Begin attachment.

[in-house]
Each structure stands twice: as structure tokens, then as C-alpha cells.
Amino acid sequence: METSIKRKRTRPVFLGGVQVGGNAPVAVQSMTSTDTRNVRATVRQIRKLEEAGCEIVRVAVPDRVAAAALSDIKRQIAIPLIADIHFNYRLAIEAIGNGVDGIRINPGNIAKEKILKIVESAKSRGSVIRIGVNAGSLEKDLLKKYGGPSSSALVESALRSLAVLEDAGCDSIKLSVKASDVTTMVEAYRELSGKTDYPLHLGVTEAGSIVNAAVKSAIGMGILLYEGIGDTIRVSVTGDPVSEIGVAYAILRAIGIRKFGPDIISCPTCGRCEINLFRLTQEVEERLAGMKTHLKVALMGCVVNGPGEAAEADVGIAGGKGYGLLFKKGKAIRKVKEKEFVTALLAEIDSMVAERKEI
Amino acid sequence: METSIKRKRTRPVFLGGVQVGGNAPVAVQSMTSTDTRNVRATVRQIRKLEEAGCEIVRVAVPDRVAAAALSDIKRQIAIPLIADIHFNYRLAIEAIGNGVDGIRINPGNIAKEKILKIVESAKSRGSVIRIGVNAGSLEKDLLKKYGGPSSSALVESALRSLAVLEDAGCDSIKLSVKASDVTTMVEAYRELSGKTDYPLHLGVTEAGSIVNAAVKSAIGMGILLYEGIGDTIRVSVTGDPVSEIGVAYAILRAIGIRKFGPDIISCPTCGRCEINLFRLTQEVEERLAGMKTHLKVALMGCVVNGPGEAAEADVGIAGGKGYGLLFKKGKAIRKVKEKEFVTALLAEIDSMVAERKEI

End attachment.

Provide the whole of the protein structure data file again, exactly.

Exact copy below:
[in-house]
Each structure stands twice: as structure tokens, then as C-alpha cells.
Amino acid sequence: METSIKRKRTRPVFLGGVQVGGNAPVAVQSMTSTDTRNVRATVRQIRKLEEAGCEIVRVAVPDRVAAAALSDIKRQIAIPLIADIHFNYRLAIEAIGNGVDGIRINPGNIAKEKILKIVESAKSRGSVIRIGVNAGSLEKDLLKKYGGPSSSALVESALRSLAVLEDAGCDSIKLSVKASDVTTMVEAYRELSGKTDYPLHLGVTEAGSIVNAAVKSAIGMGILLYEGIGDTIRVSVTGDPVSEIGVAYAILRAIGIRKFGPDIISCPTCGRCEINLFRLTQEVEERLAGMKTHLKVALMGCVVNGPGEAAEADVGIAGGKGYGLLFKKGKAIRKVKEKEFVTALLAEIDSMVAERKEI
Amino acid sequence: METSIKRKRTRPVFLGGVQVGGNAPVAVQSMTSTDTRNVRATVRQIRKLEEAGCEIVRVAVPDRVAAAALSDIKRQIAIPLIADIHFNYRLAIEAIGNGVDGIRINPGNIAKEKILKIVESAKSRGSVIRIGVNAGSLEKDLLKKYGGPSSSALVESALRSLAVLEDAGCDSIKLSVKASDVTTMVEAYRELSGKTDYPLHLGVTEAGSIVNAAVKSAIGMGILLYEGIGDTIRVSVTGDPVSEIGVAYAILRAIGIRKFGPDIISCPTCGRCEINLFRLTQEVEERLAGMKTHLKVALMGCVVNGPGEAAEADVGIAGGKGYGLLFKKGKAIRKVKEKEFVTALLAEIDSMVAERKEI